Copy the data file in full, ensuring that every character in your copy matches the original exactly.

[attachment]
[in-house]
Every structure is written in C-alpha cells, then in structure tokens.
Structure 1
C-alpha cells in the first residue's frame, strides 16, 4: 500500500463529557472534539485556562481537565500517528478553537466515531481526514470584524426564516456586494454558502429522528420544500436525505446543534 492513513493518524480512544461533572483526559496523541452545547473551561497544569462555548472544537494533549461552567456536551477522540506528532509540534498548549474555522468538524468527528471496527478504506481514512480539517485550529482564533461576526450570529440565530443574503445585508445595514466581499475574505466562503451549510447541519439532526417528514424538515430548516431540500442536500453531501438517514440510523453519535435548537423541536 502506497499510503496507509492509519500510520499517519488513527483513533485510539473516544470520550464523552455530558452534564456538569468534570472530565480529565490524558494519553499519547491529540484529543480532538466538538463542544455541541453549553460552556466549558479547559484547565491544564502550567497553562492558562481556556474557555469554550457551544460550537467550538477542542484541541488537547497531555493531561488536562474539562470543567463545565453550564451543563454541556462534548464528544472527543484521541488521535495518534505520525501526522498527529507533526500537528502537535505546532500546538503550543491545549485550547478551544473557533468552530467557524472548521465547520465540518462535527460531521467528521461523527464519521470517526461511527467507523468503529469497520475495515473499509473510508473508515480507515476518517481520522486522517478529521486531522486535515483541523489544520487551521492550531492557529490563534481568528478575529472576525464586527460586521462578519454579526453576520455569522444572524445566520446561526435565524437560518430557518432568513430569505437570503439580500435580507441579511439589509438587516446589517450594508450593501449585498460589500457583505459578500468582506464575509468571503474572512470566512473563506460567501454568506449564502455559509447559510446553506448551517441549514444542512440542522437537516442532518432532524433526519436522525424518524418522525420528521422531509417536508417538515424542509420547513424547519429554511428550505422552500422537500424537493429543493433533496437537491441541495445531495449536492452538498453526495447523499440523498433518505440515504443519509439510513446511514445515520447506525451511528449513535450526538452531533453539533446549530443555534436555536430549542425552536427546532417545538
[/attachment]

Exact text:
[in-house]
Every structure is written in C-alpha cells, then in structure tokens.
Structure 1
C-alpha cells in the first residue's frame, strides 16, 4: 500500500463529557472534539485556562481537565500517528478553537466515531481526514470584524426564516456586494454558502429522528420544500436525505446543534 492513513493518524480512544461533572483526559496523541452545547473551561497544569462555548472544537494533549461552567456536551477522540506528532509540534498548549474555522468538524468527528471496527478504506481514512480539517485550529482564533461576526450570529440565530443574503445585508445595514466581499475574505466562503451549510447541519439532526417528514424538515430548516431540500442536500453531501438517514440510523453519535435548537423541536 502506497499510503496507509492509519500510520499517519488513527483513533485510539473516544470520550464523552455530558452534564456538569468534570472530565480529565490524558494519553499519547491529540484529543480532538466538538463542544455541541453549553460552556466549558479547559484547565491544564502550567497553562492558562481556556474557555469554550457551544460550537467550538477542542484541541488537547497531555493531561488536562474539562470543567463545565453550564451543563454541556462534548464528544472527543484521541488521535495518534505520525501526522498527529507533526500537528502537535505546532500546538503550543491545549485550547478551544473557533468552530467557524472548521465547520465540518462535527460531521467528521461523527464519521470517526461511527467507523468503529469497520475495515473499509473510508473508515480507515476518517481520522486522517478529521486531522486535515483541523489544520487551521492550531492557529490563534481568528478575529472576525464586527460586521462578519454579526453576520455569522444572524445566520446561526435565524437560518430557518432568513430569505437570503439580500435580507441579511439589509438587516446589517450594508450593501449585498460589500457583505459578500468582506464575509468571503474572512470566512473563506460567501454568506449564502455559509447559510446553506448551517441549514444542512440542522437537516442532518432532524433526519436522525424518524418522525420528521422531509417536508417538515424542509420547513424547519429554511428550505422552500422537500424537493429543493433533496437537491441541495445531495449536492452538498453526495447523499440523498433518505440515504443519509439510513446511514445515520447506525451511528449513535450526538452531533453539533446549530443555534436555536430549542425552536427546532417545538